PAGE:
Senior Photo Shoot in Victorian Village [San Diego Family Photographer]

In almost every case, when I meet a senior girl for her shoot, she’s a bit timid and nervous at the start of it, which is completely expected.  Meeting a stranger can be tough, but then being forced to instantly come out of your shell to get your individual photo taken is a whole other thing.  It’s also one thing to sit in a studio setting and smile at the camera for a few headshots, but it’s another when you have to think about how you hold your whole body, what to do with your arms and legs, how to place your hands, whether to tilt your head or whether to smile or not, all while feeling natural and relaxed.  It’s fun to watch these strong, confident young women emerge and feel comfortable behind the camera in the hour I’m with them.

As a family photographer, I love capturing connections and movement.  It’s very different when capturing individuals.  It’s not about capturing connections between people, but about the connection between me, as the photographer, and the individual I’m capturing, so that I can bring out their personality.  I give some general, and sometimes, very specific, direction about how I want to capture that person, but more than anything, I do it to bring out some natural moments.  I am overly animated with my “YES!” responses when I see those moments pop up, and almost always in the second half of the shoot and in between my direction.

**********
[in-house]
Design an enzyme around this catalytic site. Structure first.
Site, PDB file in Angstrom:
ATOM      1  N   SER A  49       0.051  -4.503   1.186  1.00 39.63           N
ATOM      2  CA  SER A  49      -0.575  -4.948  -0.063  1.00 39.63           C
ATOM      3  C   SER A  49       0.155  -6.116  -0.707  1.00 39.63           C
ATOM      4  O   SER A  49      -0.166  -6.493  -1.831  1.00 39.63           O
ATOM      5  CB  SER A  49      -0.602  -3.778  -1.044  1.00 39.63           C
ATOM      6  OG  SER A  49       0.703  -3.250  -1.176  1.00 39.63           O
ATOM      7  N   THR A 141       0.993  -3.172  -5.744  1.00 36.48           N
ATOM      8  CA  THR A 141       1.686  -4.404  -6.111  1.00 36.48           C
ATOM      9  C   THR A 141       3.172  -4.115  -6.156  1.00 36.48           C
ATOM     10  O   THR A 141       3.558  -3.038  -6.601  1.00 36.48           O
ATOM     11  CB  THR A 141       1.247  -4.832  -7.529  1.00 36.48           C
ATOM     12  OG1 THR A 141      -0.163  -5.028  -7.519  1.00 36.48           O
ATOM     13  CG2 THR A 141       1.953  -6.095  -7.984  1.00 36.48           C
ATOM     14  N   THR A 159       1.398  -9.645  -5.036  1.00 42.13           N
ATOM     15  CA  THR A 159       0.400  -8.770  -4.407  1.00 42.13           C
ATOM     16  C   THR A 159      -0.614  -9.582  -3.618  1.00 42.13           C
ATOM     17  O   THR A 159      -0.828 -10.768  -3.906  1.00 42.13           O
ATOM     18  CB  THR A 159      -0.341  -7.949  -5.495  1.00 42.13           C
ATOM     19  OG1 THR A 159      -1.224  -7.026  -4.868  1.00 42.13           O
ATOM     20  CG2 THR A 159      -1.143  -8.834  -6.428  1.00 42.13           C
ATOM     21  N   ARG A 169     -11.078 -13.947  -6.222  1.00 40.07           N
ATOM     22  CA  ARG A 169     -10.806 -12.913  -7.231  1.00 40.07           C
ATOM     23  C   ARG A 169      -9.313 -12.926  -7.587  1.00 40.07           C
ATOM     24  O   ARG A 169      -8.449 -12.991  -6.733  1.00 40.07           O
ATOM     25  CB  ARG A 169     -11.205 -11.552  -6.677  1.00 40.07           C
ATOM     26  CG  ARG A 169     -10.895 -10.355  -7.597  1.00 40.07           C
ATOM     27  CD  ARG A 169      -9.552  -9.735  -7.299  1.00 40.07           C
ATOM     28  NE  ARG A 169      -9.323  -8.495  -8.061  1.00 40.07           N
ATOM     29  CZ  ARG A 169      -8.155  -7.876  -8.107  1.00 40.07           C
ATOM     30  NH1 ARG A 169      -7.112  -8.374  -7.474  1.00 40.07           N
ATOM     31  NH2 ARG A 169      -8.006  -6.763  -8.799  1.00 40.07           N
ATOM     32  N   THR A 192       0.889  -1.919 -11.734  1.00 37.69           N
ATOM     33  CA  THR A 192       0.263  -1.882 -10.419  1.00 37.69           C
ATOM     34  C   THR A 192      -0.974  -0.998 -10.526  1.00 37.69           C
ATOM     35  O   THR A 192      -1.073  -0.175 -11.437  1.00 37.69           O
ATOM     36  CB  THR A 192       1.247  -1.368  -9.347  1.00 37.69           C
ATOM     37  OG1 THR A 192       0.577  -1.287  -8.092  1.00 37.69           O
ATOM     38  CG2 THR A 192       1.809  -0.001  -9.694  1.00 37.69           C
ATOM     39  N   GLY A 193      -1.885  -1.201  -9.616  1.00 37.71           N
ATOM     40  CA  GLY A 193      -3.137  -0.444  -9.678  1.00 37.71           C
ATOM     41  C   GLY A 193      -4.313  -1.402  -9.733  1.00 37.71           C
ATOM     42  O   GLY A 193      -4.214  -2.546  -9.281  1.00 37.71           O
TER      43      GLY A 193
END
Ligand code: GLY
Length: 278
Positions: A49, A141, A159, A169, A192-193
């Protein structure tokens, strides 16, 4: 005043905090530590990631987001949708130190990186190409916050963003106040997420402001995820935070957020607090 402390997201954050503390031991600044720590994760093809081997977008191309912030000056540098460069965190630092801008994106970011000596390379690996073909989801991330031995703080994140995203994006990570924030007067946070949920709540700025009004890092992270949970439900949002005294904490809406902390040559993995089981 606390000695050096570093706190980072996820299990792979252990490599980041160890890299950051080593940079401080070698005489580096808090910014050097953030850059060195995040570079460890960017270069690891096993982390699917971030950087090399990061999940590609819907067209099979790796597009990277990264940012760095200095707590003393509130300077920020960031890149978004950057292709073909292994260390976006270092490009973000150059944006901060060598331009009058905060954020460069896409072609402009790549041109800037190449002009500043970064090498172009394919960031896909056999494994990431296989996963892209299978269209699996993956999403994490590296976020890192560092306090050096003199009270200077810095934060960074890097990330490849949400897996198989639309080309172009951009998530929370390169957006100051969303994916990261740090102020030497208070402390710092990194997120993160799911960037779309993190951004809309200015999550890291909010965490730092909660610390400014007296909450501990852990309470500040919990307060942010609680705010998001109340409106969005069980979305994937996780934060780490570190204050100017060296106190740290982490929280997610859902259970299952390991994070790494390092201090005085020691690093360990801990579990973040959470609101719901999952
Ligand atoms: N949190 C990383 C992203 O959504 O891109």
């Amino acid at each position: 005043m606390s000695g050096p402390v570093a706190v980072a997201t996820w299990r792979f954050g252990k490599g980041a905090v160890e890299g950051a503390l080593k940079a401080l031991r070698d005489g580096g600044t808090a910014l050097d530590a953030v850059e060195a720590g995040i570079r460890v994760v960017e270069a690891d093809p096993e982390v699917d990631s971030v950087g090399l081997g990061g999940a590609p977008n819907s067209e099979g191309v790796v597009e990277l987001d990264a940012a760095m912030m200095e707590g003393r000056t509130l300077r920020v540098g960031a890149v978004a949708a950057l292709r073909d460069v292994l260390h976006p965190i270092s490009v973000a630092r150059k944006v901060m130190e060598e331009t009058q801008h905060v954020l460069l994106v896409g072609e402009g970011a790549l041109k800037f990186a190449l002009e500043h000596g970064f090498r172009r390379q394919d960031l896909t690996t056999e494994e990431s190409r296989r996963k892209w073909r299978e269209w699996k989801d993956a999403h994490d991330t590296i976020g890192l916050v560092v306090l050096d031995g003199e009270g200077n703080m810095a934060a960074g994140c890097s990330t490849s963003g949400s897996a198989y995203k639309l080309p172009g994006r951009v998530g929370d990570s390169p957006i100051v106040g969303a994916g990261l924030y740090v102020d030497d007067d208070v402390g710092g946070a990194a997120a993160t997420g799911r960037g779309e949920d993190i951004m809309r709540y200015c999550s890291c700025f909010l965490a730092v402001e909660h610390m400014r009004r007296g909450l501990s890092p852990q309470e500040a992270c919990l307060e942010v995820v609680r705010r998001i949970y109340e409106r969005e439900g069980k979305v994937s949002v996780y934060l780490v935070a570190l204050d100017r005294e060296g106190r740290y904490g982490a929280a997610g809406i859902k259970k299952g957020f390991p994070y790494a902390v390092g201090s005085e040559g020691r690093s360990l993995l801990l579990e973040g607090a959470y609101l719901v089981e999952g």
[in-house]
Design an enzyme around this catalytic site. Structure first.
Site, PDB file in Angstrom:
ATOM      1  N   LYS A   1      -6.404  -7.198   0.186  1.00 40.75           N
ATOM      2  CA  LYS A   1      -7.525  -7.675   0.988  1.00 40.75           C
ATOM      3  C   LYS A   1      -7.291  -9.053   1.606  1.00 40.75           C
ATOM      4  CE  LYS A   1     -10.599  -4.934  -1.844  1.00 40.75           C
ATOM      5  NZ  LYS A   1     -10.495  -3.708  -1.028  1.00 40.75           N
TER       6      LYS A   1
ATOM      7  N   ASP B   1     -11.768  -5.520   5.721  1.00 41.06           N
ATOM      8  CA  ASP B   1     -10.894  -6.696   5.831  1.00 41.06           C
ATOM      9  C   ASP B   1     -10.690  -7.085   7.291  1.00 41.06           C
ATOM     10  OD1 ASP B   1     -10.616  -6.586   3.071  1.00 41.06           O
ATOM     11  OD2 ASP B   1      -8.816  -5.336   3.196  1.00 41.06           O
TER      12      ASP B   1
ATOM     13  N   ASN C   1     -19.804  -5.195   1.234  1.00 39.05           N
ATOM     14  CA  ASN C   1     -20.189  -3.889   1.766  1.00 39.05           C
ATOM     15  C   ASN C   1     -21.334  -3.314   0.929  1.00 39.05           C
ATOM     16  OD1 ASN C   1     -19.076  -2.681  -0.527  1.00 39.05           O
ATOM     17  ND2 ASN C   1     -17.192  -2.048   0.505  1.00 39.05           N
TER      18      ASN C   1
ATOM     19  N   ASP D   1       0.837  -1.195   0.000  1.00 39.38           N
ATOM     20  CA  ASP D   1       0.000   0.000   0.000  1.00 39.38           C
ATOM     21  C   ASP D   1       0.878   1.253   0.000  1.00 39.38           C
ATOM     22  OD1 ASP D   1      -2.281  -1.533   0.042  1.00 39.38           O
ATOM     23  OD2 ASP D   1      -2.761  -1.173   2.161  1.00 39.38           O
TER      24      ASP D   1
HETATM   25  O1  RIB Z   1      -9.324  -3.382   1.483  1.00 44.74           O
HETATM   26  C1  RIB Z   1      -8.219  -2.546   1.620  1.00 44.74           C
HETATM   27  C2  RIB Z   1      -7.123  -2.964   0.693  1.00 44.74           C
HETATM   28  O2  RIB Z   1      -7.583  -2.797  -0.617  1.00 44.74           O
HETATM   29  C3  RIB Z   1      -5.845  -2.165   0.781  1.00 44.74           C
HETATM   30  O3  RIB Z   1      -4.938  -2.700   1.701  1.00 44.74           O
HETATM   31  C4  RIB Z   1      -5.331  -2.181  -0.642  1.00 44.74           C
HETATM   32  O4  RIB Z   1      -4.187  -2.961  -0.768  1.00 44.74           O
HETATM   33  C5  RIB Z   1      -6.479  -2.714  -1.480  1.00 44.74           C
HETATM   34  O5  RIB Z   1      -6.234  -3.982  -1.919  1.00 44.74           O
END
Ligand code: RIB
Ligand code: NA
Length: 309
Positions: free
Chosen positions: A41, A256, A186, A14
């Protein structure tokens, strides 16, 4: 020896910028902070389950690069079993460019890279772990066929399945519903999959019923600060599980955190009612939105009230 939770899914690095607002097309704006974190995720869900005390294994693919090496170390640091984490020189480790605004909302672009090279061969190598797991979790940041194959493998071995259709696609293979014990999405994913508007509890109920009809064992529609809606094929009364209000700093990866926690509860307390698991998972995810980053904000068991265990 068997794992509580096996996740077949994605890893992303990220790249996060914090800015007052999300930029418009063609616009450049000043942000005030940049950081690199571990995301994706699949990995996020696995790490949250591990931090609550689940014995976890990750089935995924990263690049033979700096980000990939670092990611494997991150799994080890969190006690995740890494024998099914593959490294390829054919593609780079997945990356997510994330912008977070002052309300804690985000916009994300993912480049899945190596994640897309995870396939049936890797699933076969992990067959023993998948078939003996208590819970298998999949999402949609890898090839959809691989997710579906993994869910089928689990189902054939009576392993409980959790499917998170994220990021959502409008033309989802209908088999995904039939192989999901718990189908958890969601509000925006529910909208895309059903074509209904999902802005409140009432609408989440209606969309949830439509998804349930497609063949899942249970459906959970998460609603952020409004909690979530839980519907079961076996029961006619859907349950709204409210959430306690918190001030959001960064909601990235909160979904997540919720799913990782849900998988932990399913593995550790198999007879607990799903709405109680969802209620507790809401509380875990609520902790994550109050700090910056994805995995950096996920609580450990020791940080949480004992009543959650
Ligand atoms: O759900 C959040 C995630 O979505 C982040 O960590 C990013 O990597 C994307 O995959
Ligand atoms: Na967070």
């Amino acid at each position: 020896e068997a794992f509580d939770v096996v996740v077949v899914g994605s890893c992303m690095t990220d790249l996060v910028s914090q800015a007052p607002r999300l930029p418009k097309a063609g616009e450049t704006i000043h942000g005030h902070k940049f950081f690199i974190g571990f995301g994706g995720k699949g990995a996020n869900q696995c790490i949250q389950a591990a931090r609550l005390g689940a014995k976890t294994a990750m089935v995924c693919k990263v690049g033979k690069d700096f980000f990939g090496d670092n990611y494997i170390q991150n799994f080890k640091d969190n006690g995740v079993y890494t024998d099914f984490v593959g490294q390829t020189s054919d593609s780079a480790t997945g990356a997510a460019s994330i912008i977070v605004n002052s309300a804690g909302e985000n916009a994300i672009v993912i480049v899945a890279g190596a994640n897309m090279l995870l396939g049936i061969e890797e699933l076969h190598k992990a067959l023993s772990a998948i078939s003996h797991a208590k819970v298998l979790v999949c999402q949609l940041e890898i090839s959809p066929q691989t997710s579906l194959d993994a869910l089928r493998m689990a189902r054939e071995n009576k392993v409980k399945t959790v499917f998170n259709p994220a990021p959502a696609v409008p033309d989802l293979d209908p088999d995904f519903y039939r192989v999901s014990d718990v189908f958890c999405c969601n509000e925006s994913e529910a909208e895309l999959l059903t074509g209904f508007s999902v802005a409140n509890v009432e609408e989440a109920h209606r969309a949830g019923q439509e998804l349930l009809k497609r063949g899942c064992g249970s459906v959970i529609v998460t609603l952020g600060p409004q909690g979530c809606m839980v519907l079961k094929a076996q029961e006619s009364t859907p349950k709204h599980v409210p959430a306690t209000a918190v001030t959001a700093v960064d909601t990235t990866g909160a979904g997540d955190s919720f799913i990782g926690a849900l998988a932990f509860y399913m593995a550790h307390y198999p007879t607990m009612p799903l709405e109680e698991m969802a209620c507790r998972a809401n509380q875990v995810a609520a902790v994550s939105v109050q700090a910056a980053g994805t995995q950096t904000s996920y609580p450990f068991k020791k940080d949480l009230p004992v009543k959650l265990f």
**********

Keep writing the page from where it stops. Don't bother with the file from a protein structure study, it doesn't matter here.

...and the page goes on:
A common concern I hear for senior shoots, is what to wear and outfit changes.  First, regarding what to wear, pick something that fits well and that you feel beautiful and comfortable in.  Period.  Everything else is secondary.  I recommend avoiding any fabric that will bunch or will leave detectable wrinkles.  If a bra strap can be seen, consider a strapless bra.  Patterns aren’t usually recommended, but in some instances can work well if it doesn’t overpower the individual.  If you’re debating over a color, choose either a warm or cool tone that will compliment your skin tone, and not wash it out or overpower it.

For shoots that are 45 minutes to an hour, I definitely welcome outfit changes.  Most like to start out wearing a dressier, formal outfit and then change into something more casual.  I highly recommend it for a number of reasons.  Being behind the camera can be draining for anyone who is not a professional model and used to it.  The outfit change gives the senior a chance to decompress and relax their faces and bodies for a moment.  Not only that, but I always see a more relaxed version of the senior after their outfit change.  They may be more comfortable in their second outfit, but more than that, it’s usually something that’s more in line with their day-to-day personality, and so those images tend to be a bit more relaxed and fun.









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Kim Belverud